Time for the first brake pad change on my Prius...Suggestions?

Discussion in 'Gen 2 Prius Main Forum' started by ski.dive, Nov 24, 2021.

  1. ski.dive

    ski.dive Active Member

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    Going to change the pads myself...

    ***Time for the first brake pad change on my Prius= 2008 Prius 120k miles

    Any suggestions for an easy install?
     
  2. Tombukt2

    Tombukt2 Active Member

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    If you're doing fronts and it's the first go-around at 120k and you're not going to fool with the rotors because they look good and they don't need it You can just slide in a new set of Toyota pads with or without the spring clips however you buy them or any of the mid to top of the line pads pick your poison it's like motor oil you know or additives I don't think there are any proven brake pads that do any real better than others realizing that Toyota doesn't make brake pads akebono and the companies that make the brakes for Toyota make brake pads but Toyota doesn't with that in mind

    SM-A715F ?
     
  3. nancytheprius

    nancytheprius Member

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    OEM all the way for pads. I wish I would have changed the brake fluid when I swapped my pads too, so I would look into that if your brake fluid is still original or old. Pretty sure you need techstream to bleed the air out after, but research that.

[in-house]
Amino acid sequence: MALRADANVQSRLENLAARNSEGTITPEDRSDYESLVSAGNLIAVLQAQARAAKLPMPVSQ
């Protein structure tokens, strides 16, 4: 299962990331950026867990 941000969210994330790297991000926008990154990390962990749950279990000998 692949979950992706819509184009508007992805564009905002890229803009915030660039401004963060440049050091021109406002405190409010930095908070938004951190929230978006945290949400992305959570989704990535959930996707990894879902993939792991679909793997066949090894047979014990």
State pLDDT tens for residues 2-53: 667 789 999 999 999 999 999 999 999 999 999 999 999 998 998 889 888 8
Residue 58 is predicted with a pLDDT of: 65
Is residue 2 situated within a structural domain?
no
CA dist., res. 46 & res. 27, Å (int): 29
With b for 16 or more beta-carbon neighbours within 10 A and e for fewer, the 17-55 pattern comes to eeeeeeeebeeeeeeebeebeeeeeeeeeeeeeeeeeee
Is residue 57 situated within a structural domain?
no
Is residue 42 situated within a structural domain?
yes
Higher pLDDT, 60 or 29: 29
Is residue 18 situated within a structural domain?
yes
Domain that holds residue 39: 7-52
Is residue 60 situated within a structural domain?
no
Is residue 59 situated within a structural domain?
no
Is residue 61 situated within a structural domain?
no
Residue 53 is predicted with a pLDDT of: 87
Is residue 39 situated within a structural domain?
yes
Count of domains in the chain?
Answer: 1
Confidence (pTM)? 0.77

If you have never changed pads before here are some tips I learned from changing them too on my 06:

    If your car isn't very rusty, it will be a smooth process. If rusty you might need a blow torch to heat up the bolts or a long metal pole for more leverage. Brush off any rust too from where the back of the pads will sit.

    I bought a 7 dollar brake piston compressor (think that is what it is called) from autozone, which made the job pretty easy too to make room for the new pads.

    One more thing would be to pick up some brake lubricant to apply the sides of the pads and i think the sliding pins (cant totally remember, but youtube will explain this more and where it is needed)
     
  4. nancytheprius

    nancytheprius Member

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    I will follow up by saying I originally bought cheap pads from amazon and had to redo the pad job a month later. That is why I say OEM all the way
     
  5. SFO

    SFO Senior Member

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    Do they actually need changing at 120k?

    What are the old pads measured thicknesses?
    One "easy install" technique involves removing a couple of brake relays under the hood, else the pistons may shoot out.
     
  6. Tombukt2

    Tombukt2 Active Member

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    On my '09 the first go-around I disconnected the 12-volt because I thought the ABS modulator or pump might go crazy etc no problems I did not say bye cheap pads I said by middle of the road on up pads and just realized Toyota does not make brake pads akibono and their brake manufacturers make the pads that go in the Toyota cars but yes I wouldn't buy $9 pads off Amazon that's just silly You still want the same technology the carbon fiber etc etc all the big buzz words you look on Amazon or any of the big sellers and you will see from 16 to $40 range are the pads with the good stuff if you will if you want to pay $49 a set wherever ..

    SM-A715F ?
     
  7. Mendel Leisk

    Mendel Leisk Sand Pounder